Bursting our Rainbow Bubbles
June is Pride Month, and in contemplating what this year’s celebration means to us in the current political climate, I’m not at all surprised to discover that I’m experiencing a bit of confusion about the state of the rainbow nation. At the same time, I’m not at all convinced that my confusion is strictly LGBTQ related, and I suspect that it also comes from a more general since of unease about the state of our nation.
I’m tired of being outraged. I’m sure I’m not the only one.
In recent years, the LGBTQ community has celebrated many victories—including marriage equality, which means far more to me than I ever realized it would before Steve and I were married—however, for a great many of us, last year’s election felt like a disappointing setback.
Since the election, I’ve been reminded on many occasions that the LGBTQ community is a widely diverse grouping of very unique individuals. While we do share some common characteristics around our sexuality and gender identification, we simply do not fit as neatly into the easily definable categories implied by our LGBTQ alphabet designation as we—or the world around us—might believe we do. We come from very different backgrounds and cultures, and we have an almost unlimited variety of interests, talents, beliefs, opinions, and yes, politics.
And that is good.
Diversity is vital. Celebrating our diversity as individuals makes us stronger as a community. Without a diversity of ideas and information, we lose the ability to make well-reasoned decisions.
Last year’s election was an eye-opening experience for our nation, not so much because of the outcome but for what it tells us about the state of our own culture—and especially what it tells us about how we are (or are not) learning to live with our own technology.
Social media has made it very easy for us to live in a cocoon of like-minded people. We create our own personalized news stream, we select friends we only agree with, and we listen and watch media that follows a particular political viewpoint. Surrounding ourselves with people and ideas we like and feel comfortable with is not at all limited to social media, of course, and humans have always created areas of safety for ourselves, including friends, families, clans, tribes, clubs, religious institutions, and communities.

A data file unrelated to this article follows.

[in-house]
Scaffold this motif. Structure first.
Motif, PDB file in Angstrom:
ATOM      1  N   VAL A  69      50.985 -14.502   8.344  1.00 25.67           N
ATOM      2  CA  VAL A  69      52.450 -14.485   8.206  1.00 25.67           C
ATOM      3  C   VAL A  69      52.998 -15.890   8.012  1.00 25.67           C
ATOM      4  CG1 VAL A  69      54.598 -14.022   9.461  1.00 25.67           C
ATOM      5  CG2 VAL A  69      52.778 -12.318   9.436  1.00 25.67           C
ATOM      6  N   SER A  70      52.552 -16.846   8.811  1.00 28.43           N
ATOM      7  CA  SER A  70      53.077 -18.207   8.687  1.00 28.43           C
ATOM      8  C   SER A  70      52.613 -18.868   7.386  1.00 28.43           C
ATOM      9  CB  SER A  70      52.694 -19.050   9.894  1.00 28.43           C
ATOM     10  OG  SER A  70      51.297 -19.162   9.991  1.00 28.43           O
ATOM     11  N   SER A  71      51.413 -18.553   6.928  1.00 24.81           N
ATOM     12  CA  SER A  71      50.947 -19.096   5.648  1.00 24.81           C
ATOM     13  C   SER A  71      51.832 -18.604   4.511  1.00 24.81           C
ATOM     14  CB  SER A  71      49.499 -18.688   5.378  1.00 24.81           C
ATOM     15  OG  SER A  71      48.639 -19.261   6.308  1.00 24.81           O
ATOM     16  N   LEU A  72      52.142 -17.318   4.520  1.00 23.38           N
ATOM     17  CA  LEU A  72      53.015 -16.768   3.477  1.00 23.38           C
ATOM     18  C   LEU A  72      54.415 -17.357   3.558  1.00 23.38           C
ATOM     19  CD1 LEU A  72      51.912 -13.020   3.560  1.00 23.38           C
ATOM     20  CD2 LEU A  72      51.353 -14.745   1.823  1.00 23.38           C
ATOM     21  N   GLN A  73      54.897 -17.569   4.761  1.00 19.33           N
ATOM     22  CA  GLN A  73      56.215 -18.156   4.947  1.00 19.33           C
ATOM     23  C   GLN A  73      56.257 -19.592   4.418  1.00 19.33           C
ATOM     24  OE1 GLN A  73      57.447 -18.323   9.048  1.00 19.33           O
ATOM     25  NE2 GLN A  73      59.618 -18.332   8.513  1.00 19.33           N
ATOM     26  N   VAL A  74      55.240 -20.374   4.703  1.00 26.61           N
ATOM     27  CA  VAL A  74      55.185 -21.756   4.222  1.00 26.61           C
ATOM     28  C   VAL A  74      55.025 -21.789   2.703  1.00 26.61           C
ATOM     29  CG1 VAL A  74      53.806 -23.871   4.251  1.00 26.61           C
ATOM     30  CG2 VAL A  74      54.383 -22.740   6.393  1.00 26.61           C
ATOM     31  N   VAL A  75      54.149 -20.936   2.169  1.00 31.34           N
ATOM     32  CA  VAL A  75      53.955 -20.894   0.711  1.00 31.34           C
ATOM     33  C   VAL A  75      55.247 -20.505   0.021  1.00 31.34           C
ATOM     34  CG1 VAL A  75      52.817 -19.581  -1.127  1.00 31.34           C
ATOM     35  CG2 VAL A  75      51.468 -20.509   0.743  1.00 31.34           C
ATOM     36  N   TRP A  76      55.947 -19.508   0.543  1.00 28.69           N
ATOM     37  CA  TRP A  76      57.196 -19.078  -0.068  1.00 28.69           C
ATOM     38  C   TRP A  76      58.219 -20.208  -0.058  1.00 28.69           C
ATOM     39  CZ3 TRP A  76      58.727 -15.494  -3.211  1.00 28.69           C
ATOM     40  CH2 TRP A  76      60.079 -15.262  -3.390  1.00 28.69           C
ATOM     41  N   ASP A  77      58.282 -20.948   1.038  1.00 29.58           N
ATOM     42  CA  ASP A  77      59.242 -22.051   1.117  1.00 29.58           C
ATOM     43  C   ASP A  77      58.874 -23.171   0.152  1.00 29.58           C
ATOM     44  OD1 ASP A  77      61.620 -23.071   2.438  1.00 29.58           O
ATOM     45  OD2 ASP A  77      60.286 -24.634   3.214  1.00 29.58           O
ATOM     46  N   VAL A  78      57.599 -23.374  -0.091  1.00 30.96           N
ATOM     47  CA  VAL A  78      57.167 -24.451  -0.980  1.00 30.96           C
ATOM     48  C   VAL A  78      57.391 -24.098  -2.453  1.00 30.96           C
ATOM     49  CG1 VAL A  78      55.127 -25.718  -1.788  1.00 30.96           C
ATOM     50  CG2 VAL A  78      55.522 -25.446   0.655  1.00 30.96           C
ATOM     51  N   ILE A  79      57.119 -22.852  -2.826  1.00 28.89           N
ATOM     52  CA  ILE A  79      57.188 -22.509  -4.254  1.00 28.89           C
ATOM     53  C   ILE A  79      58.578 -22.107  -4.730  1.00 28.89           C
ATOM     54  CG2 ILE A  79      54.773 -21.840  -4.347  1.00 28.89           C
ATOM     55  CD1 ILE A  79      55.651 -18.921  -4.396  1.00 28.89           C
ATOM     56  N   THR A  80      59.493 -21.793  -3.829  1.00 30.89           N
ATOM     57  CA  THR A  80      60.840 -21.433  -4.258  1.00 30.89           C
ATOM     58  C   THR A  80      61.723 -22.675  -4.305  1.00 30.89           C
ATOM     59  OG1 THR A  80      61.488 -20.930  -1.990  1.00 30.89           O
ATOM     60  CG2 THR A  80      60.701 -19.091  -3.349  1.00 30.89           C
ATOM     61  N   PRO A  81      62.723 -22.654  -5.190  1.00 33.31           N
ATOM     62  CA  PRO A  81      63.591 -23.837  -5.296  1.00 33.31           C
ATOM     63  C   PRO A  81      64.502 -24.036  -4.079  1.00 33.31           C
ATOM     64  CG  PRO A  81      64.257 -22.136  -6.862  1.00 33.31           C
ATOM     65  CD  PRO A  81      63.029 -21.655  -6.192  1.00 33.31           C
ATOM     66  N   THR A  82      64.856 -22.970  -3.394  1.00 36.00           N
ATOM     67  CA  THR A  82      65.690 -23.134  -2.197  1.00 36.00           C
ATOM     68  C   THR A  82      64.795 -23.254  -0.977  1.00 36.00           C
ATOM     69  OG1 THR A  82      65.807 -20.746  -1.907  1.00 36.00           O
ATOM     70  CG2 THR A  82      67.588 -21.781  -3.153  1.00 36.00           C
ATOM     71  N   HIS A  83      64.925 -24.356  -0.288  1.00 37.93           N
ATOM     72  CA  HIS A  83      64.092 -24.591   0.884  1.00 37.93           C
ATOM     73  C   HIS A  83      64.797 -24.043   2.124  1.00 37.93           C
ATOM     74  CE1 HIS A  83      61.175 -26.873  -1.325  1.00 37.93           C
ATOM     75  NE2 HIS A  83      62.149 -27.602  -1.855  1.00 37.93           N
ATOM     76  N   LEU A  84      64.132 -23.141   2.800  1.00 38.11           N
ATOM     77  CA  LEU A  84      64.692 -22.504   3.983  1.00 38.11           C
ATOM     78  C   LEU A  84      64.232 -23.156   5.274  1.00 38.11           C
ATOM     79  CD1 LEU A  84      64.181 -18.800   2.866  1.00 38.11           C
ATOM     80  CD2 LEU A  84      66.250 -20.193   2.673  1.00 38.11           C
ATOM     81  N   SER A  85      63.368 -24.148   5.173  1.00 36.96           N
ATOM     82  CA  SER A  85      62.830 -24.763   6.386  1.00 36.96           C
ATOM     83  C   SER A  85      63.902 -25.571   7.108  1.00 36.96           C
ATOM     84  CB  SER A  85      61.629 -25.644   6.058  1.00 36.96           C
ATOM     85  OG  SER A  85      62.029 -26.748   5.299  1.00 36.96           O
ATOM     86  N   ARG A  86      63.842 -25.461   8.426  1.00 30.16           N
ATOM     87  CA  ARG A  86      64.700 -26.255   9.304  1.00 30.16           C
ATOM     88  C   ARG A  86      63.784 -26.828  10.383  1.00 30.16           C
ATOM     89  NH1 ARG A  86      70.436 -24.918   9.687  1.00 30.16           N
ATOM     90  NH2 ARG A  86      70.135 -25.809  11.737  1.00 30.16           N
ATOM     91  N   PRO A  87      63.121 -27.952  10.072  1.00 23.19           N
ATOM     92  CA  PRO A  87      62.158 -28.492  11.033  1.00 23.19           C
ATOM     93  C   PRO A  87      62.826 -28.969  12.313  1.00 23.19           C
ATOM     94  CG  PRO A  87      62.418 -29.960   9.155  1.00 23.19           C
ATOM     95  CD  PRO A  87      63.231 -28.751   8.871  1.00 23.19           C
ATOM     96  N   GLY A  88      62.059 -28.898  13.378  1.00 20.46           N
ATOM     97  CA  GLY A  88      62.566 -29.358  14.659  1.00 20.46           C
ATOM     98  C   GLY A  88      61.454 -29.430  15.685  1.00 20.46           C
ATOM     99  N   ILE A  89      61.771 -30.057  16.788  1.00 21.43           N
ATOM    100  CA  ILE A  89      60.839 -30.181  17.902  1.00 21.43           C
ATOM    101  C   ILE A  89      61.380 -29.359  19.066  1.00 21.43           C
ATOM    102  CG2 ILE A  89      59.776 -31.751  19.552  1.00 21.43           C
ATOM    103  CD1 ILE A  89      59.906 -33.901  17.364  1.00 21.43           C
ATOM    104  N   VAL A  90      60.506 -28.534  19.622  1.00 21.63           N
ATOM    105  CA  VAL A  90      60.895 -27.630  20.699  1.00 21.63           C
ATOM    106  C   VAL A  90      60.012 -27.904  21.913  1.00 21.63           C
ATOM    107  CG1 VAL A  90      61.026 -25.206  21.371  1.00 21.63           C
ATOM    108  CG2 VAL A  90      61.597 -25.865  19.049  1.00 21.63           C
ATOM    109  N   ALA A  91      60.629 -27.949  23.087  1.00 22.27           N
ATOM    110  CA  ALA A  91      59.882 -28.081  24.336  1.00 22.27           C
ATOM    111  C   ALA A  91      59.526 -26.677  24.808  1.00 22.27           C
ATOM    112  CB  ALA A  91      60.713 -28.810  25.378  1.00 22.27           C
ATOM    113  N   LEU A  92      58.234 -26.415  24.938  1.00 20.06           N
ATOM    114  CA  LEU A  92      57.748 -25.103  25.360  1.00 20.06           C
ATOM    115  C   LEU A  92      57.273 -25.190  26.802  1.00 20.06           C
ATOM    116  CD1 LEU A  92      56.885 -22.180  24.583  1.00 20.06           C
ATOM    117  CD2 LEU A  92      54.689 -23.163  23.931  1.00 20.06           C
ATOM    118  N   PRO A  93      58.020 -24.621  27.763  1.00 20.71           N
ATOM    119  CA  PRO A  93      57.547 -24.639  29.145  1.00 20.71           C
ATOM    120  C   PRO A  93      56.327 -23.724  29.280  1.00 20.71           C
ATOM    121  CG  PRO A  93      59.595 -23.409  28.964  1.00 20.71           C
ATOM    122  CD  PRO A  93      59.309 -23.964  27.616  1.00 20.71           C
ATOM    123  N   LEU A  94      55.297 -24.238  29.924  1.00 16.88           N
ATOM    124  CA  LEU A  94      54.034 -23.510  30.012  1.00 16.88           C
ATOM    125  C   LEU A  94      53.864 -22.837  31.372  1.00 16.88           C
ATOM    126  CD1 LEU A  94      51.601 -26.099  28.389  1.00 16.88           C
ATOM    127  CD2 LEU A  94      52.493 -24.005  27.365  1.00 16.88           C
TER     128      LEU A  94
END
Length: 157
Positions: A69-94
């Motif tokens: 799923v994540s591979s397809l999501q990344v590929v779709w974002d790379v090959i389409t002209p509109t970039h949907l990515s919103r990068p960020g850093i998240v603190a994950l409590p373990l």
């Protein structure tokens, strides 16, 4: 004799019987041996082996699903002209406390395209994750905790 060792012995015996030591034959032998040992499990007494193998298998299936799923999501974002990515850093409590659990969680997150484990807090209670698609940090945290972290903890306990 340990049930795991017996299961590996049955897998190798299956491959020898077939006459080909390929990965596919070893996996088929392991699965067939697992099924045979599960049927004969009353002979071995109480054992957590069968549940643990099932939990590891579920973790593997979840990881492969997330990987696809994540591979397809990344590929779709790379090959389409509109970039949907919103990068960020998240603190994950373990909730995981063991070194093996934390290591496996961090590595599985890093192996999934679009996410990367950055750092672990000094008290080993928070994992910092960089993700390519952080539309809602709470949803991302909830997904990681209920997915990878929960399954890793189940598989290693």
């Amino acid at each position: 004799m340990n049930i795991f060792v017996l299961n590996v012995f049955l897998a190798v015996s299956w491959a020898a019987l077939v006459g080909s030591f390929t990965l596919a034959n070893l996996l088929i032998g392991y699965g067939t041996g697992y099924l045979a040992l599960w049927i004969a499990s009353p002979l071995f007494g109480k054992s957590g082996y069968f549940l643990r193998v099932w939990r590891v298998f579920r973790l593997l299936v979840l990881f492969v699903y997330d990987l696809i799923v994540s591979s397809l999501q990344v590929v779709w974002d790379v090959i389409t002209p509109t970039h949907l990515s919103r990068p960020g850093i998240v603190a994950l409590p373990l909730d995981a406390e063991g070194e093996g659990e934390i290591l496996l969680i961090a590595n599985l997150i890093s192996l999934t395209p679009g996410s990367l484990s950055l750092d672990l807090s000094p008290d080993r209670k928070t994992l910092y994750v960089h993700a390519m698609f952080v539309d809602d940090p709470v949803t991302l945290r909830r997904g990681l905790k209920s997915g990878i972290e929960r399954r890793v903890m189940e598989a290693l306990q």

For humans, our sense of wellbeing is dependent upon finding our own place of comfort and security. The problems start when we expand our real life comfort zone to include our virtual one, and begin to (consciously or unconsciously), gather our resources and information only from sources that align with our own beliefs and opinions.
Creating the kind of cultural blind spots that we witnessed during the election, didn’t happen overnight. The more polarized we become in our politics and beliefs, the more deeply embedded we become in a web of seemingly harmonious deception—and the more limited our vision tends to become.
In Rehoboth Beach and its surrounding towns, LGBTQ people are an integral part of the fabric of life, and many of us live here for that very reason. Thanks in part to CAMP Rehoboth and others, it is a safe and comfortable place for LGBTQ people to live, and work. In many ways, the attitudes of the people in Rehoboth are more closely connected to those in larger metropolitan areas than to the small rural towns in other parts of the state.
I wouldn’t call Rehoboth a “gay ghetto” because I believe we have worked to be inclusive of everyone, but I do believe that we live in a bubble, of sorts, that shields us from some of the more potent forms of homophobia in the world around us. The danger for us is that the gentle rhythm of our life, lulls us into believing that the rest of world—or even the rest of Sussex County, for that matter—thinks and acts like we do.
A visit to certain sites online would quickly dispel that notion, of course, but none of us want to go there. We like living in our bubble. We’re happy in our bubble—at least until another election season rolls around and we realize once again that we have no idea how or why our opponents think and feel the way they do.
The LGBTQ community is far from being the only people to do this. We all do—conservatives and liberals. The internet has opened a world of ideas to us, but the way we use it can end up only reinforcing our own.
In communities both real and online, where anti-LGBTQ language is spoken, there is a world that exists in exact opposition to our own. What is good for us is evil there; what is right for us is wrong there. Creating meaningful dialog between the two sides is difficult, (just talk to the leaders of religious denominations across the country) but not impossible.
It requires of us a commitment to burst the “rainbow” bubbles we have created for ourselves—both where we live and online.
Two years ago, activists in the LGBTQ community were giddy with success. Now, with an eye on our leaders in Washington we watch to see what will happen—and we prepare to resist injustice and discrimination wherever we find them.
Murray Archibald, CAMP Co-founder and President of the Board of Directors of CAMP Rehoboth, is an artist in Rehoboth Beach. Email Murray.